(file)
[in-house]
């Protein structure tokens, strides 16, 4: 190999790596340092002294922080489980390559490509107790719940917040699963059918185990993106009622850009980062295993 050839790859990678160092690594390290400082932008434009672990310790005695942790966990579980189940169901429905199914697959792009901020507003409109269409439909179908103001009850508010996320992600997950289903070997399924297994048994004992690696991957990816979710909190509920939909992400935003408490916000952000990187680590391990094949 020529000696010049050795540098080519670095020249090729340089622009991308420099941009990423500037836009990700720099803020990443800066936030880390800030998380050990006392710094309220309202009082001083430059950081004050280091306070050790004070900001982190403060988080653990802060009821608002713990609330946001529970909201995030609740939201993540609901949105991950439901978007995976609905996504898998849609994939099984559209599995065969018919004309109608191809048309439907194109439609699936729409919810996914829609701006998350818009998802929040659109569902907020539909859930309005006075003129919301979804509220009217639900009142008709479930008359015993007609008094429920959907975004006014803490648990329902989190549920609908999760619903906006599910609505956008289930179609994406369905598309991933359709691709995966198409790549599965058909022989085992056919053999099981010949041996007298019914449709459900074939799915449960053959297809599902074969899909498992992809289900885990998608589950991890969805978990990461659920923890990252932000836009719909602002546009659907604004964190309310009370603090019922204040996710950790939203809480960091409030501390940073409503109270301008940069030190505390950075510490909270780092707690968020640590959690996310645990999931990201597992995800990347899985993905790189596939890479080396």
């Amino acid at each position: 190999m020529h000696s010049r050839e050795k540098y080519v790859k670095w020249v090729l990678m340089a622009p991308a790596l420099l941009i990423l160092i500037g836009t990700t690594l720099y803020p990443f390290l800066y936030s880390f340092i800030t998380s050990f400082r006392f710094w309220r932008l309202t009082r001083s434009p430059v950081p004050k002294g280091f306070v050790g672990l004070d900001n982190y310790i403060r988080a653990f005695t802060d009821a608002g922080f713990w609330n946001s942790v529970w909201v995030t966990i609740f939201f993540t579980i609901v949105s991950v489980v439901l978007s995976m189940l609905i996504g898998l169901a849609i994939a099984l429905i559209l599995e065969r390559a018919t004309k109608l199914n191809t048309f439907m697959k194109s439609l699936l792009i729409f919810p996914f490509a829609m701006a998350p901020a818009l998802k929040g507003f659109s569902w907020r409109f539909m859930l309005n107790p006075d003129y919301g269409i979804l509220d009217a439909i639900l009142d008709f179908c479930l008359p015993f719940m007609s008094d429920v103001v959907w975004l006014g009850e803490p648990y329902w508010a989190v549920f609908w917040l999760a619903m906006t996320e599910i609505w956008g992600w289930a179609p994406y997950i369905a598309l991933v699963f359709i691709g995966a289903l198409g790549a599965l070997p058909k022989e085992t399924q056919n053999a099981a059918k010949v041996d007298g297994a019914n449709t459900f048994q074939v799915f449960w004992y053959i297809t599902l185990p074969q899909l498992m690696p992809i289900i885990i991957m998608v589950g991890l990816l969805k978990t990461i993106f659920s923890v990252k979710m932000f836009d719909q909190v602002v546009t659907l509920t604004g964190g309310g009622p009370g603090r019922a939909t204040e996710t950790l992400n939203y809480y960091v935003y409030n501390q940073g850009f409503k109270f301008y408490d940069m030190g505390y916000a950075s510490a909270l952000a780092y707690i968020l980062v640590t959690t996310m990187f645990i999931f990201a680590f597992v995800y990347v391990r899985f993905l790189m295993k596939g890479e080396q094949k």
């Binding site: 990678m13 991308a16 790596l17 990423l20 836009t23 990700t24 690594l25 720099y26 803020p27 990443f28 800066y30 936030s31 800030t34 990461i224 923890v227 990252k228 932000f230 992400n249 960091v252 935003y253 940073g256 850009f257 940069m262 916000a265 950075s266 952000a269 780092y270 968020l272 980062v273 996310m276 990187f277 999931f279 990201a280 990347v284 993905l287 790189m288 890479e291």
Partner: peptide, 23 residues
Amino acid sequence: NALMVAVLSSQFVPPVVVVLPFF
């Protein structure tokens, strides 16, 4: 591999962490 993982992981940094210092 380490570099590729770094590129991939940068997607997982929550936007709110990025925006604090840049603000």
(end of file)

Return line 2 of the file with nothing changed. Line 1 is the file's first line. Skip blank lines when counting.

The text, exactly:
């Protein structure tokens, strides 16, 4: 190999790596340092002294922080489980390559490509107790719940917040699963059918185990993106009622850009980062295993 050839790859990678160092690594390290400082932008434009672990310790005695942790966990579980189940169901429905199914697959792009901020507003409109269409439909179908103001009850508010996320992600997950289903070997399924297994048994004992690696991957990816979710909190509920939909992400935003408490916000952000990187680590391990094949 020529000696010049050795540098080519670095020249090729340089622009991308420099941009990423500037836009990700720099803020990443800066936030880390800030998380050990006392710094309220309202009082001083430059950081004050280091306070050790004070900001982190403060988080653990802060009821608002713990609330946001529970909201995030609740939201993540609901949105991950439901978007995976609905996504898998849609994939099984559209599995065969018919004309109608191809048309439907194109439609699936729409919810996914829609701006998350818009998802929040659109569902907020539909859930309005006075003129919301979804509220009217639900009142008709479930008359015993007609008094429920959907975004006014803490648990329902989190549920609908999760619903906006599910609505956008289930179609994406369905598309991933359709691709995966198409790549599965058909022989085992056919053999099981010949041996007298019914449709459900074939799915449960053959297809599902074969899909498992992809289900885990998608589950991890969805978990990461659920923890990252932000836009719909602002546009659907604004964190309310009370603090019922204040996710950790939203809480960091409030501390940073409503109270301008940069030190505390950075510490909270780092707690968020640590959690996310645990999931990201597992995800990347899985993905790189596939890479080396």